By Tom Vanderbilt in The New Yorker Magazine, December 16, 2012
Analyzing "Jeopardy!" episodes for instances of "uptalk," or speaking with rising intonation, Thomas Linneman, a sociologist, found that it was more common in women and in incorrect answers.
Perhaps the real discovery, though, was that some women used uptalk even when winning and answering correctly. Linneman wondered if they were "engaging in a compensatory strategy...to perform their gender 'correctly.'"
_________________________________________Women are at a disadvantage when they communicate "like a woman" in a male-shaped corporate culture, and 81 percent of women are now "adopting a style with which male managers are comfortable."
Sound like some ridiculous regression of feminism, catering to male-chauvinism?
Talking like a man matters.
"A woman needs a male coach," says Agno. "Otherwise she won't have a good idea about how the other gender thinks and feels. It's still a man's world in business. Women need to learn how to talk like a man. They need to learn how to brag. They'll get what they want out of the situation by molding to the environment."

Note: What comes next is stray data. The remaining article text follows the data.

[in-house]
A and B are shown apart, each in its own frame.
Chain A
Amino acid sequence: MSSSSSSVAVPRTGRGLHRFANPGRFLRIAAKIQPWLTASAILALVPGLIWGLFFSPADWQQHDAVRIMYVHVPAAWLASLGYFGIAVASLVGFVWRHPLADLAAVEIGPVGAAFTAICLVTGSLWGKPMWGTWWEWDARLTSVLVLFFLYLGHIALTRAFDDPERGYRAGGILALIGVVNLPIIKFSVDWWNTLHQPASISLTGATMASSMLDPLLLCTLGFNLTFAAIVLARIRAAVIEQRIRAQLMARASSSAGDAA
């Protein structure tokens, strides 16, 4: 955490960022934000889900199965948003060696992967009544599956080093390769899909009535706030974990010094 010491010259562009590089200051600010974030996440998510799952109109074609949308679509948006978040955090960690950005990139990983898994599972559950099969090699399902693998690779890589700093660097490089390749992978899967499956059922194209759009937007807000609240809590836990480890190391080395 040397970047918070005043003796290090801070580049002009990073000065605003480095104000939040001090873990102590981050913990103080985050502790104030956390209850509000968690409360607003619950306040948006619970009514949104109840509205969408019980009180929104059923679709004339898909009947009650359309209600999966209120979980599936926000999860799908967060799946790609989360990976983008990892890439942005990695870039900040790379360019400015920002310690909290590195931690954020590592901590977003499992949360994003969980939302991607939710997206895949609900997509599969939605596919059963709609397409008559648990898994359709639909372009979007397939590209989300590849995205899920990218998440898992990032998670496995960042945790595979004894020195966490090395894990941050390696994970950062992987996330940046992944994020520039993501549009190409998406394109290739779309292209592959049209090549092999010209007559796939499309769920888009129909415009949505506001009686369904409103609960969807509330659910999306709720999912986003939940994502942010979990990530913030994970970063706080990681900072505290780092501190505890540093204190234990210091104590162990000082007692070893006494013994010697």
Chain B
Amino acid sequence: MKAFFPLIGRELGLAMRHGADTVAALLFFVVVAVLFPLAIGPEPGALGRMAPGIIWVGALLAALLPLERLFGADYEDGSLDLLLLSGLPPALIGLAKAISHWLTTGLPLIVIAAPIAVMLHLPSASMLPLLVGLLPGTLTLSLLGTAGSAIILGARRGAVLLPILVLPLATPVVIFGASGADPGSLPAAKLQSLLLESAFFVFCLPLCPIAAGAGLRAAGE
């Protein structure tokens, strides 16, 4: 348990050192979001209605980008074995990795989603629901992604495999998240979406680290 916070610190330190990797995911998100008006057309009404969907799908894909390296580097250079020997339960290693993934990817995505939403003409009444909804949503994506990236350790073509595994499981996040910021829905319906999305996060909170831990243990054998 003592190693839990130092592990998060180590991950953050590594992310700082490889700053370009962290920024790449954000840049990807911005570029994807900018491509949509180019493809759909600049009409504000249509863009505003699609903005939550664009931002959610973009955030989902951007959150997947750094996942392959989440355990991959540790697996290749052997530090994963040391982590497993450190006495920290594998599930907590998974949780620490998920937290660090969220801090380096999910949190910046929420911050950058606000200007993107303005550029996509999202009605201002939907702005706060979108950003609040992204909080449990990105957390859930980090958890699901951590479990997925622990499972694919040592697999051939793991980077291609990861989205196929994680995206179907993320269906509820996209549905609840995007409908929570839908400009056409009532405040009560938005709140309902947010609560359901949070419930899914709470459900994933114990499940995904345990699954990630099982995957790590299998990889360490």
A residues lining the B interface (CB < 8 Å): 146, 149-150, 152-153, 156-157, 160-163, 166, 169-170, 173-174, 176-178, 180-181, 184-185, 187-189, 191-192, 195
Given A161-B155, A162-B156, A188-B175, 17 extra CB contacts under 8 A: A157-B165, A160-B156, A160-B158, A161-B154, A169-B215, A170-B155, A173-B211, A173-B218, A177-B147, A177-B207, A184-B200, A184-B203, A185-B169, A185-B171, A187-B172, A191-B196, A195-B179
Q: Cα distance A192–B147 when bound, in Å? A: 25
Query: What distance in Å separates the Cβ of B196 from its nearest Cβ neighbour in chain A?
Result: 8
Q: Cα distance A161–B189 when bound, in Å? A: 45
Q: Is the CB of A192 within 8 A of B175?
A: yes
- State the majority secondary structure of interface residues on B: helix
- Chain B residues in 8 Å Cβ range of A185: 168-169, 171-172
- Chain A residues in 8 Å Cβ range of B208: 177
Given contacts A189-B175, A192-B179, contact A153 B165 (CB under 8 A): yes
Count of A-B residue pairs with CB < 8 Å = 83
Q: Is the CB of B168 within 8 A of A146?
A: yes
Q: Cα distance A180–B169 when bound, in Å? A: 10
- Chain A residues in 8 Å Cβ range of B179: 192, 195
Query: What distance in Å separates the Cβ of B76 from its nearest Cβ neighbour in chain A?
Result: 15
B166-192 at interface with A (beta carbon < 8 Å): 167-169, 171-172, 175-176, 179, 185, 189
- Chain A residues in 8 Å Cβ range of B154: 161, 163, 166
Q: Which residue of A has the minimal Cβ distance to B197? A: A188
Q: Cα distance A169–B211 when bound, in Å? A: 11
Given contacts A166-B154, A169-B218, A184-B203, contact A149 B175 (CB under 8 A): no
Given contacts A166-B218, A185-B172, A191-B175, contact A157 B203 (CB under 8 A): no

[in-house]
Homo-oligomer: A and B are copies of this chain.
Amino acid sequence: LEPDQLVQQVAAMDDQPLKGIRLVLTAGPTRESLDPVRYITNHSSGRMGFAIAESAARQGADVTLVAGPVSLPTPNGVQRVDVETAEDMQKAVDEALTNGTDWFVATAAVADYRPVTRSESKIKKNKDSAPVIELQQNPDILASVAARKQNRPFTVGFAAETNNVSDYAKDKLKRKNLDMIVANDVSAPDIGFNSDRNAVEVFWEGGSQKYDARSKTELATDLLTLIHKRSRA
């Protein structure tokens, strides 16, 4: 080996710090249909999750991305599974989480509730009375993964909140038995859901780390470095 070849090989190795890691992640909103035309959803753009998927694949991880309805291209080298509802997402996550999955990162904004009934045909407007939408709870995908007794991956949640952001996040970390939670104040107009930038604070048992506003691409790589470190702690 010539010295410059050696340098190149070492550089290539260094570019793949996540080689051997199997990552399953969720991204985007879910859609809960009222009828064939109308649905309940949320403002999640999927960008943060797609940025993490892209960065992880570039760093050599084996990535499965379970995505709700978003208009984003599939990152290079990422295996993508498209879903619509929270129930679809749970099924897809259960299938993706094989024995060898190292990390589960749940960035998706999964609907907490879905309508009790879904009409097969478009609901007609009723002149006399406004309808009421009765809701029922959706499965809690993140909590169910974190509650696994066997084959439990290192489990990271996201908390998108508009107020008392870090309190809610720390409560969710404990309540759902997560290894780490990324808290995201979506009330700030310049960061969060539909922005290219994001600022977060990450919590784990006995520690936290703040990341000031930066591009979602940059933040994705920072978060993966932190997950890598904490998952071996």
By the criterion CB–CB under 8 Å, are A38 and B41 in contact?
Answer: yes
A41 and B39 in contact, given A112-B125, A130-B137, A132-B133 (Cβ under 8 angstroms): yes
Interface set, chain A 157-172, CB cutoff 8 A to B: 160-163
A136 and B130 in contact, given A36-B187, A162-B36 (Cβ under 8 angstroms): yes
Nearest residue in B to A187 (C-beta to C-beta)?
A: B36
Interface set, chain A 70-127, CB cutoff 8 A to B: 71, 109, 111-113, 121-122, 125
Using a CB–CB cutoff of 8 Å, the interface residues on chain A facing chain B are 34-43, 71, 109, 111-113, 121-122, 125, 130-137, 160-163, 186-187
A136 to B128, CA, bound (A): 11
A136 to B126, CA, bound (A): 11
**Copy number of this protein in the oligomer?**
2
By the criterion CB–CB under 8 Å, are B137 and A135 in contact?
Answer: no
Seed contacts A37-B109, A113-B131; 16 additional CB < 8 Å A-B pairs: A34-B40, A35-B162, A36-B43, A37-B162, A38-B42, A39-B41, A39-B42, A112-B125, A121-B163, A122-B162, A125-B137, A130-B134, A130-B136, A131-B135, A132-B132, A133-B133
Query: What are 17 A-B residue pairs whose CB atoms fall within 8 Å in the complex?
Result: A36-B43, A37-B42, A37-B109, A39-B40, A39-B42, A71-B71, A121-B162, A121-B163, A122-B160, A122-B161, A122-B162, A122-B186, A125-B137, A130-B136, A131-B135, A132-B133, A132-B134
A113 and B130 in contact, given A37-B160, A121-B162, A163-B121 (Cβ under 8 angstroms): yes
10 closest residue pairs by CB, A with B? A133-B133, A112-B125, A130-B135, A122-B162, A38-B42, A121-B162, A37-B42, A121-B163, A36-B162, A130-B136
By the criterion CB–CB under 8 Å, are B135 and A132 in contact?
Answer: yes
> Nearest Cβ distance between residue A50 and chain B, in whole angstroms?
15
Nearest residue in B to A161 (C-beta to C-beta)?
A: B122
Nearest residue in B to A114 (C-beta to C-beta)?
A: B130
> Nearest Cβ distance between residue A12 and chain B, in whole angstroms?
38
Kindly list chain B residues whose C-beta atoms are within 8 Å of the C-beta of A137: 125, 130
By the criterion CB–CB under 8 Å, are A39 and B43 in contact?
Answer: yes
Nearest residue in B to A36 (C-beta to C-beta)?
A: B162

Women have, characteristically, been conditioned to speak a certain way, according to Agno. "They tend to end sentences on a high note, which implies, 'We really want to talk this over,' instead of a low note, which is more of a command."
Along with shaky vocal inflections, Agno says women aren't specific enough about their contributions to the company. They use too many words, downplaying their abilities. In the male mind, this behavior creates doubt.
Communication styles rooted in childhood training or unconscious beliefs can be tough to change. A first step is becoming aware of how you talk at work. Here are some pitfalls that women especially can encounter in the workplace:
--using too many words to deliver serious messages
--downplaying your contributions
--using vague language
--phrasing statements as questions
--using an upward inflection at the end of statements, which indicates doubt.
Working with an executive coach can help you to be clear on the communication style at your level within the company and to confidently practice this style so you will be heard at work.
Source: Lansing State Journal, June 22, 2006, http://www.lsj.com/